Jim Grant's Tech Tips
Nissan Maxima, Charging Problems
I am having a bit of an aggravating problem on my ‘97
Nissan Maxima. I recently purchased the vehicle for my wife.
When I bought the car there had recently been an engine
transplant. The guy that sold the car to me was honest by
telling me that he was having charging problems. So I thought
that it would be a simple repair by changing the alternator.
I took the car to get the vehicle tested and the alternator
was putting out around 12.5 amps so I changed it just in
case thinking this would solve the problem but it did not.
I have taken out the aftermarket radio and installed the
factory radio back in also thinking this was the problem.
I have changed the power antenna because it was broke and
may have been the problem. I had the starter rebuilt and
also I have purchased the biggest battery that would fit
the car, but I still have to boost it off everyday. The
ignition coils are also arcing out from the rear bank. I
have bought 3 from a junk yard for $90 but the problem still
exists. Has anyone ever had this problem before? I looked
at the fusible link under the hood on the driver side and
the one for the battery does not seem to be damaged but
I have not changed it.
working on the other stuff and focus on your charging problem.
You’re replacing a lot of components that have nothing
to do with your problem. If the engine was just replaced
I’m betting that the wiring to the alternator is damaged
or not connected correctly. When you turn the key on does
the battery light turn on before the engine is started?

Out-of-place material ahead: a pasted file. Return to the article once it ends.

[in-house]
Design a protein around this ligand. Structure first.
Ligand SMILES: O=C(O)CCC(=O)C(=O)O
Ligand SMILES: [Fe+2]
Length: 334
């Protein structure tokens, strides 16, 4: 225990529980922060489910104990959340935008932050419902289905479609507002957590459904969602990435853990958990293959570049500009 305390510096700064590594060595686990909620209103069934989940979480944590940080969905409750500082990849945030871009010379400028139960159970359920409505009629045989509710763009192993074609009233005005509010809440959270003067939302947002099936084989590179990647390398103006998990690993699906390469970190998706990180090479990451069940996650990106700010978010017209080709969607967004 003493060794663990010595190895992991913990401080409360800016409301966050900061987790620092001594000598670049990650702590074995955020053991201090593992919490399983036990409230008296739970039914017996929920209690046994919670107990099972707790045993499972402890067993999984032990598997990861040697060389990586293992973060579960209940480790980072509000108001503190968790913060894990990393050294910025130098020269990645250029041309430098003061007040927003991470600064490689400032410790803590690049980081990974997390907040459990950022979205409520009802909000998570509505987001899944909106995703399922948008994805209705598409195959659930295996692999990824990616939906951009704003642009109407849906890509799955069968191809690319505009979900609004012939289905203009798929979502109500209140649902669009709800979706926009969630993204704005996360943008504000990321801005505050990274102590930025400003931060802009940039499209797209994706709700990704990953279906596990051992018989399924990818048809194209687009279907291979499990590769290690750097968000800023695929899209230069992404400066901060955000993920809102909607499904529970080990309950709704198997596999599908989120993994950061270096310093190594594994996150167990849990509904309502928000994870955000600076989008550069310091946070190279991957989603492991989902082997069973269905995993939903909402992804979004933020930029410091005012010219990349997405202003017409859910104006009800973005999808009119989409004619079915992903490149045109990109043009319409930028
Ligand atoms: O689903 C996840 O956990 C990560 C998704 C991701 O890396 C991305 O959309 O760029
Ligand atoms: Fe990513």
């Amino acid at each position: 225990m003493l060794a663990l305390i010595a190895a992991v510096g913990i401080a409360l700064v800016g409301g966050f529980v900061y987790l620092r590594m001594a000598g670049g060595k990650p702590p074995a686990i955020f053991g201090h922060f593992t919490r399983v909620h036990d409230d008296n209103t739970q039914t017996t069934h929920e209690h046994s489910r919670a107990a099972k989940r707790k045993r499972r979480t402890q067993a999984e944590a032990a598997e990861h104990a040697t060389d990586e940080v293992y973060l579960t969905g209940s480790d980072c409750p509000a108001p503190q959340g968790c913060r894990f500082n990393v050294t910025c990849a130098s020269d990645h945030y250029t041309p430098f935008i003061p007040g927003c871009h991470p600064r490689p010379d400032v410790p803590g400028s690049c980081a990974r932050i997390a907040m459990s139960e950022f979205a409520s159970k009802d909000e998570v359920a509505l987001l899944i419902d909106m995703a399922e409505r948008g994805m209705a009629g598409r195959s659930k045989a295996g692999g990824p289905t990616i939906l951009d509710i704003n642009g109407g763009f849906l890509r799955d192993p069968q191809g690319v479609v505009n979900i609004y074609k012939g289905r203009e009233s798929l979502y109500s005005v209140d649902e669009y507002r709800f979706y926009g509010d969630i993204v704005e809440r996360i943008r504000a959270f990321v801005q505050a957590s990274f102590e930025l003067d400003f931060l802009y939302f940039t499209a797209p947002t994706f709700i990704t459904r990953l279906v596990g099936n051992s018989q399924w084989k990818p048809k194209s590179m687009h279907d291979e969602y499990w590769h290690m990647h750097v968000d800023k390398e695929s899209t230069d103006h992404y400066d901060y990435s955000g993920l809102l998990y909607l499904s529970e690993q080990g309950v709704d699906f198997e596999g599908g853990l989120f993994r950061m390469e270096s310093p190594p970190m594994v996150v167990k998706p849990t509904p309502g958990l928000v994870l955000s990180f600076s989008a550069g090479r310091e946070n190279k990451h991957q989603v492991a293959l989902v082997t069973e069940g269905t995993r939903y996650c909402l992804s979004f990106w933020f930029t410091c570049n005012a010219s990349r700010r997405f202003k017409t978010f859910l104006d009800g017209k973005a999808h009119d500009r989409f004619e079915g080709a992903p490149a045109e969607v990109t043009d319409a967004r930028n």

It should, if it doesn’t, check fuse number 13 in
the passenger compartment fuse block. That 10 amp fuse provides
the “it’s time to start charging signal”
to the alternator’s voltage regulator when the key
is turned on. If the fuse is good and the battery light
is still out then that wire has to be checked at the alternator.
The electrical signal has to be there with the key on or
the alternator, no matter how many you replace, will never
start charging. If that checks good then go under the hood
to the fusible link box. In that box there will be a 120
amp or 140 amp fuse for the alternator. This fuse must be
good along with a little 7.5 amp. That small fuse provides
the electricity that the alternator’s voltage regulator
needs to know how much charging needs to be done. One other
little detail; the alternator on your vehicle has a ground
wire which can be tricky. If the ground wire is open/bad
or not connected that battery light will turn on with the
key but will go out when the engine is started. With an
engine that has just been replaced I wouldn’t be surprised
if a ground wire or 2 never got reinstalled.